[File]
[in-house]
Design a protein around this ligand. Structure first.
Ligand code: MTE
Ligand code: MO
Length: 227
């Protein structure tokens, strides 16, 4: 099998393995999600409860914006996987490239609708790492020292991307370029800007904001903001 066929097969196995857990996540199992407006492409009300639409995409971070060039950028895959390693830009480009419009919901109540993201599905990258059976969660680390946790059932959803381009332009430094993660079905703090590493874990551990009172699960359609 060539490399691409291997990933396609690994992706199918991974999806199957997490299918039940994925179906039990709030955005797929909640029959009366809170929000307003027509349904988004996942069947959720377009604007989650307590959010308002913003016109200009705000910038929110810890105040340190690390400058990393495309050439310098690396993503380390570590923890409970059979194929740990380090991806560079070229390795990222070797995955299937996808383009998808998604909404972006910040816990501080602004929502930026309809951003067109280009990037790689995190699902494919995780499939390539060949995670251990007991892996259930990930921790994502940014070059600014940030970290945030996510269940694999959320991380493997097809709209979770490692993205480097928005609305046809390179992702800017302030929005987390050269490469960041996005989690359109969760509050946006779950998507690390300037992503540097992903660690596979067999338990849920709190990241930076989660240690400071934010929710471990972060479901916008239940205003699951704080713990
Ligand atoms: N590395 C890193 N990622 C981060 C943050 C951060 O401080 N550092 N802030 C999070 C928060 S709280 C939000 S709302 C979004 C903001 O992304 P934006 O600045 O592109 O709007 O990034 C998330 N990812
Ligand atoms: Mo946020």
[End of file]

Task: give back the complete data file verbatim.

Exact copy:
[in-house]
Design a protein around this ligand. Structure first.
Ligand code: MTE
Ligand code: MO
Length: 227
């Protein structure tokens, strides 16, 4: 099998393995999600409860914006996987490239609708790492020292991307370029800007904001903001 066929097969196995857990996540199992407006492409009300639409995409971070060039950028895959390693830009480009419009919901109540993201599905990258059976969660680390946790059932959803381009332009430094993660079905703090590493874990551990009172699960359609 060539490399691409291997990933396609690994992706199918991974999806199957997490299918039940994925179906039990709030955005797929909640029959009366809170929000307003027509349904988004996942069947959720377009604007989650307590959010308002913003016109200009705000910038929110810890105040340190690390400058990393495309050439310098690396993503380390570590923890409970059979194929740990380090991806560079070229390795990222070797995955299937996808383009998808998604909404972006910040816990501080602004929502930026309809951003067109280009990037790689995190699902494919995780499939390539060949995670251990007991892996259930990930921790994502940014070059600014940030970290945030996510269940694999959320991380493997097809709209979770490692993205480097928005609305046809390179992702800017302030929005987390050269490469960041996005989690359109969760509050946006779950998507690390300037992503540097992903660690596979067999338990849920709190990241930076989660240690400071934010929710471990972060479901916008239940205003699951704080713990
Ligand atoms: N590395 C890193 N990622 C981060 C943050 C951060 O401080 N550092 N802030 C999070 C928060 S709280 C939000 S709302 C979004 C903001 O992304 P934006 O600045 O592109 O709007 O990034 C998330 N990812
Ligand atoms: Mo946020």